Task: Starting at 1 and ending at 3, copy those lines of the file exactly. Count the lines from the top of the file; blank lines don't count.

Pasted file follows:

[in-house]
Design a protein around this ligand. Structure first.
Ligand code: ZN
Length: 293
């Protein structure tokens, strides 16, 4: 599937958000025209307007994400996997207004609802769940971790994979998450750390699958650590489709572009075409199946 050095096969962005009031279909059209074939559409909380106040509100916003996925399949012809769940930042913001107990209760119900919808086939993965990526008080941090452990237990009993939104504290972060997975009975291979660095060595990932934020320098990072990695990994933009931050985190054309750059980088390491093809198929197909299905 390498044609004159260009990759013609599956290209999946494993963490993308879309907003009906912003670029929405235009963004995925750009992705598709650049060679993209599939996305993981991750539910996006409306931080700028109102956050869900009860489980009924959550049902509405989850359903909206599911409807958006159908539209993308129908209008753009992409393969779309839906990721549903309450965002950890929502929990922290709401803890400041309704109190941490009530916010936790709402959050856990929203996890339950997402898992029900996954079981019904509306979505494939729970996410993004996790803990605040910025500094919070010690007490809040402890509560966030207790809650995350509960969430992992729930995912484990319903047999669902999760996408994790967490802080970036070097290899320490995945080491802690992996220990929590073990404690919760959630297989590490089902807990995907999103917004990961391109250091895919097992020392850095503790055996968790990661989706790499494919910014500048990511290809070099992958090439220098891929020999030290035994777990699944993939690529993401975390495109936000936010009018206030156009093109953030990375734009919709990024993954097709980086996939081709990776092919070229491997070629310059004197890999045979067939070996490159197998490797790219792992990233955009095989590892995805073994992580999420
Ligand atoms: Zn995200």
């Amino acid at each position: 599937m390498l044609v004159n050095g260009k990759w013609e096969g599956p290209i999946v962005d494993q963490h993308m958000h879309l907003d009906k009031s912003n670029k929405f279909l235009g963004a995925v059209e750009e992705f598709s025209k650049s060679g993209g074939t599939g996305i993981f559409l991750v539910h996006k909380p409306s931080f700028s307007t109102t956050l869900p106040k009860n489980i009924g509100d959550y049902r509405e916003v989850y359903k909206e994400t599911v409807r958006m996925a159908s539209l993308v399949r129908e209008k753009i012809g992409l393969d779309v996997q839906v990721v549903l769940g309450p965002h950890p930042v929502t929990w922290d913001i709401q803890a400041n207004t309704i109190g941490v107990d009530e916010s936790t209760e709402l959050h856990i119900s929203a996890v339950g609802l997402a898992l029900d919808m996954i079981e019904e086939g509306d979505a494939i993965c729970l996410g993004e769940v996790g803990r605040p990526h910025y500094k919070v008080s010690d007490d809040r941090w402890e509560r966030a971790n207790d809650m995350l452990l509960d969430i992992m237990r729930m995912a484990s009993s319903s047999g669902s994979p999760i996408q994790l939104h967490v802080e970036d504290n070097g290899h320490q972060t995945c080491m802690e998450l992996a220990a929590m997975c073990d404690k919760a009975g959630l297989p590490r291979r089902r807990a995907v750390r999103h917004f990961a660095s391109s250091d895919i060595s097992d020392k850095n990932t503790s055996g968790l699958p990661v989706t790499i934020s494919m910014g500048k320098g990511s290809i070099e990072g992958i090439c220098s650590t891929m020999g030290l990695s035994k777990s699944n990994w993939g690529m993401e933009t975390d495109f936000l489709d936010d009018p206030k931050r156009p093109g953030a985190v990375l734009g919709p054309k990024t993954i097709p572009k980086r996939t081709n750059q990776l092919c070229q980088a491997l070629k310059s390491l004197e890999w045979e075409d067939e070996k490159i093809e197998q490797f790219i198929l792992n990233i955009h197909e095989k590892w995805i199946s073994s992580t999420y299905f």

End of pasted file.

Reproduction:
[in-house]
Design a protein around this ligand. Structure first.
Ligand code: ZN